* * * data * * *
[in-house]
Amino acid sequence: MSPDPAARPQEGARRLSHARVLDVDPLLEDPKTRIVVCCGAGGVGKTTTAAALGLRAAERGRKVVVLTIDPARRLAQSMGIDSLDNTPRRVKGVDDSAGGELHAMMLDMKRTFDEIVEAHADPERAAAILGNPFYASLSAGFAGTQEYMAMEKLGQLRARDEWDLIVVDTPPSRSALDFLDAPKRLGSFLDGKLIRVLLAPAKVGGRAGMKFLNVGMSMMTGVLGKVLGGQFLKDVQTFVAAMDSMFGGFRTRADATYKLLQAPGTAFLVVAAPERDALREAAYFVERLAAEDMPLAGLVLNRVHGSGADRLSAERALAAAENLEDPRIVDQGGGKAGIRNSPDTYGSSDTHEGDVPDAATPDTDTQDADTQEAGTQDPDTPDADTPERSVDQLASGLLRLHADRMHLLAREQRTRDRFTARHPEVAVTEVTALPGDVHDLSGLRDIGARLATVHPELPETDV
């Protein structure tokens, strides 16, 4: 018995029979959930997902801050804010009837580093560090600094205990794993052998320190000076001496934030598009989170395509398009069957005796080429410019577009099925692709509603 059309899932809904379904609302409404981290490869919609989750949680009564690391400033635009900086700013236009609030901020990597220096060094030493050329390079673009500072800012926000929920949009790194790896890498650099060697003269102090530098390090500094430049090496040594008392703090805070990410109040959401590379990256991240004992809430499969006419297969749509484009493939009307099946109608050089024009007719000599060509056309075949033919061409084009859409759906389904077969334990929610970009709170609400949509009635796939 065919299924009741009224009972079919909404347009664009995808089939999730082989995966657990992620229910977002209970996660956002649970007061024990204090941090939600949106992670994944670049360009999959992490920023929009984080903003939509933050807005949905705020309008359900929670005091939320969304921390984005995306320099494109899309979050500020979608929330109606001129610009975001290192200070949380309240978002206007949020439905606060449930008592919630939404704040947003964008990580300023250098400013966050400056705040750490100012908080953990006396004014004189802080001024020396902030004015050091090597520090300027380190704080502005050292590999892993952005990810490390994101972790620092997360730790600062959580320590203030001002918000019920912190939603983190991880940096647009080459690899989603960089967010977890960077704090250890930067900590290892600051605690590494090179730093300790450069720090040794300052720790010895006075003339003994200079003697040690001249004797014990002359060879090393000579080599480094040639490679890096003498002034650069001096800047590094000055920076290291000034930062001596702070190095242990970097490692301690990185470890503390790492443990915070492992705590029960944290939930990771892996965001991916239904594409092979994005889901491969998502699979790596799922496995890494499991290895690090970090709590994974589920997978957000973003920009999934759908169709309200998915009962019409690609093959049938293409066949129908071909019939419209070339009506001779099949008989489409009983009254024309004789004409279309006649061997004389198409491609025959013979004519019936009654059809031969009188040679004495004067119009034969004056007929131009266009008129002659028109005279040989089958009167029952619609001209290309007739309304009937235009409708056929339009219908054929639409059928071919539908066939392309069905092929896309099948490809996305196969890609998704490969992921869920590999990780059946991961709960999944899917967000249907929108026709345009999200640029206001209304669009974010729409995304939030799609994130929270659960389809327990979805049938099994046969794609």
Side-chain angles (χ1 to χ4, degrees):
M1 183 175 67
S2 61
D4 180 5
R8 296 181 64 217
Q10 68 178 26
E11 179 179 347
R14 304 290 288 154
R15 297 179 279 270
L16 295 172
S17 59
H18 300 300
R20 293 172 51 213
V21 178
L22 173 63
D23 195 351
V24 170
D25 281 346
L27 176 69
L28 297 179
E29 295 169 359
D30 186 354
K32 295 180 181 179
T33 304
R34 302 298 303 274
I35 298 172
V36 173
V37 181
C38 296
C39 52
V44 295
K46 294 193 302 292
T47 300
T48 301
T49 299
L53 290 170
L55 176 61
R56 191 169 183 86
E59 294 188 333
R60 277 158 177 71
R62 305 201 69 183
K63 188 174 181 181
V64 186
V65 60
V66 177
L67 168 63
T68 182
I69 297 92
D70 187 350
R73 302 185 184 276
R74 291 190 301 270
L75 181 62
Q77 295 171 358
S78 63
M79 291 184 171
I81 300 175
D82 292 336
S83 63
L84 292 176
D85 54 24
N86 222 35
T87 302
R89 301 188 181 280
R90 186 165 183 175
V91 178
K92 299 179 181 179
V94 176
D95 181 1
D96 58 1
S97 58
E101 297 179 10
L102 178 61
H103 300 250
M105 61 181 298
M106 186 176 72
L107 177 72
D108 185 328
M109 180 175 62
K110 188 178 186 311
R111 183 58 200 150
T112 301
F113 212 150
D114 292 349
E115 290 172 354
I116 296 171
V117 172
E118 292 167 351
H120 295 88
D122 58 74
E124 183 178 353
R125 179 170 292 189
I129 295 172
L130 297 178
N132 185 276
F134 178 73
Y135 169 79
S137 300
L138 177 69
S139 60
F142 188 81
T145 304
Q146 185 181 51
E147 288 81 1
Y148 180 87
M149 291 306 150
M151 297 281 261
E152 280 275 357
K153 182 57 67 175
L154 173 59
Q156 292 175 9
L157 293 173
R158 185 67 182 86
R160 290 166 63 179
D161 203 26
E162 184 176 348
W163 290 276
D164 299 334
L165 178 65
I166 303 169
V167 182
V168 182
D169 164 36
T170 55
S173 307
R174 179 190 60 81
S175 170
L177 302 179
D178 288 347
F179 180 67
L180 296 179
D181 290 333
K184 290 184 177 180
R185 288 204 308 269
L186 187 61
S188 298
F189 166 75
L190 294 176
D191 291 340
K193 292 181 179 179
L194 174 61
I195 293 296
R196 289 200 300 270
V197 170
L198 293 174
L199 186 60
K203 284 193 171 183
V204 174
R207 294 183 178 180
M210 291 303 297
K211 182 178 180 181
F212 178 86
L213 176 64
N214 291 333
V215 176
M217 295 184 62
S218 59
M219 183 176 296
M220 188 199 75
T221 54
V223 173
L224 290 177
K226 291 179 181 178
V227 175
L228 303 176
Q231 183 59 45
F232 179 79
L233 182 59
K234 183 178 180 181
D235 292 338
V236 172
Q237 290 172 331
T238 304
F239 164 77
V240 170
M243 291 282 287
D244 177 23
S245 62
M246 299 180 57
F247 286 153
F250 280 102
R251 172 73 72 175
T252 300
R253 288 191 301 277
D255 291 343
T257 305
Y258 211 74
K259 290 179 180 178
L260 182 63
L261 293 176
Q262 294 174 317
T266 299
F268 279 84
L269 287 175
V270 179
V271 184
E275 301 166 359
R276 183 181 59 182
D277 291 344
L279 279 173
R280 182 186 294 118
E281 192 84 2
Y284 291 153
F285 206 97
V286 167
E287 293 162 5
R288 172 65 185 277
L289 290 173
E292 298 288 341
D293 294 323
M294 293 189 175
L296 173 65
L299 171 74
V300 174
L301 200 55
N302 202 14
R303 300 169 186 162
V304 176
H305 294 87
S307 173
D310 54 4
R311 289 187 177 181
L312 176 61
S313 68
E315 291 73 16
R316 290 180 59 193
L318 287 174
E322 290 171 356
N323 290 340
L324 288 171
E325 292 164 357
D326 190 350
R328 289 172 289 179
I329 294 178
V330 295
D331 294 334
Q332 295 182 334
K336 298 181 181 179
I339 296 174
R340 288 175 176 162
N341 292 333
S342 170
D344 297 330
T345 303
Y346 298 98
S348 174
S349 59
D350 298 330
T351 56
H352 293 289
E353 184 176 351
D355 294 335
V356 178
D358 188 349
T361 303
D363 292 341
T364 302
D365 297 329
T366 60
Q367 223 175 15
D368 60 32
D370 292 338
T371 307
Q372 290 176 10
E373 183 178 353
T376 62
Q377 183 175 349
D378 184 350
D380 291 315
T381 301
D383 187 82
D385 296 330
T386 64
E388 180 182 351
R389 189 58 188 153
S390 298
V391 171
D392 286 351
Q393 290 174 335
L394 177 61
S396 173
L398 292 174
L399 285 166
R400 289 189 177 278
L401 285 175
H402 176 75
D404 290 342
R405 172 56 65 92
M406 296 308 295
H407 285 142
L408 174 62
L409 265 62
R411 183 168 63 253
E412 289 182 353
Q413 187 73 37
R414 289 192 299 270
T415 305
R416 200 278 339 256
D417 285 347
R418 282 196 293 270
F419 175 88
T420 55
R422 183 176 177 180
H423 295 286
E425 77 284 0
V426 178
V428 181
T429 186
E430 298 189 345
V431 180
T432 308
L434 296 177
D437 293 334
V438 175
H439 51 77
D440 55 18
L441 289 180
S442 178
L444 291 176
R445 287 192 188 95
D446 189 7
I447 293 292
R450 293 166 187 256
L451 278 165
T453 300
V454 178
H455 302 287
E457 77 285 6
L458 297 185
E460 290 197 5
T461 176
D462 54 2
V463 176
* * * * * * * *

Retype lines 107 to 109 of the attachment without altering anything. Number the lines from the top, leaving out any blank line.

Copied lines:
Y148 180 87
M149 291 306 150
M151 297 281 261